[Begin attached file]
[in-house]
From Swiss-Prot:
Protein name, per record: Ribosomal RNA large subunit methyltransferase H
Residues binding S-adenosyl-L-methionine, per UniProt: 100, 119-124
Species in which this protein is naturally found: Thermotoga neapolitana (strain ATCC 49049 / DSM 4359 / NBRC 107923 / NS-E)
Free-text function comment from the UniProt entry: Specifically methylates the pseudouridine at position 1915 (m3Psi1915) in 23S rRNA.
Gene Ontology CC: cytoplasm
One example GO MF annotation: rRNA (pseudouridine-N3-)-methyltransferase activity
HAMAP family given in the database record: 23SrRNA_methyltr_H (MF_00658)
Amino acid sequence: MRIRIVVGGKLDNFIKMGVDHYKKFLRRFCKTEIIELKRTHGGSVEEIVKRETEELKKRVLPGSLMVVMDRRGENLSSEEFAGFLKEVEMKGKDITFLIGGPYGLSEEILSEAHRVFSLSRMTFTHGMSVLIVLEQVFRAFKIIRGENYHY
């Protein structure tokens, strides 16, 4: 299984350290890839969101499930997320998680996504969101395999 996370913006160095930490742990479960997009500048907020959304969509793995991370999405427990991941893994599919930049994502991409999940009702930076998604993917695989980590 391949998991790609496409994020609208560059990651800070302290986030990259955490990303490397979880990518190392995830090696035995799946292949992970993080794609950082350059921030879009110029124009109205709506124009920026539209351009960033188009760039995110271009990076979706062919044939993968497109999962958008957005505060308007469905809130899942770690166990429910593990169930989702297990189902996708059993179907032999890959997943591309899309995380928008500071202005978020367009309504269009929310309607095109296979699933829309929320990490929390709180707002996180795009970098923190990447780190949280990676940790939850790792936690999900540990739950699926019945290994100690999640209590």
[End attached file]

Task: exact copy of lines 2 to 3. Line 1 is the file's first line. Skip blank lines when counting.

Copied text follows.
From Swiss-Prot:
Protein name, per record: Ribosomal RNA large subunit methyltransferase H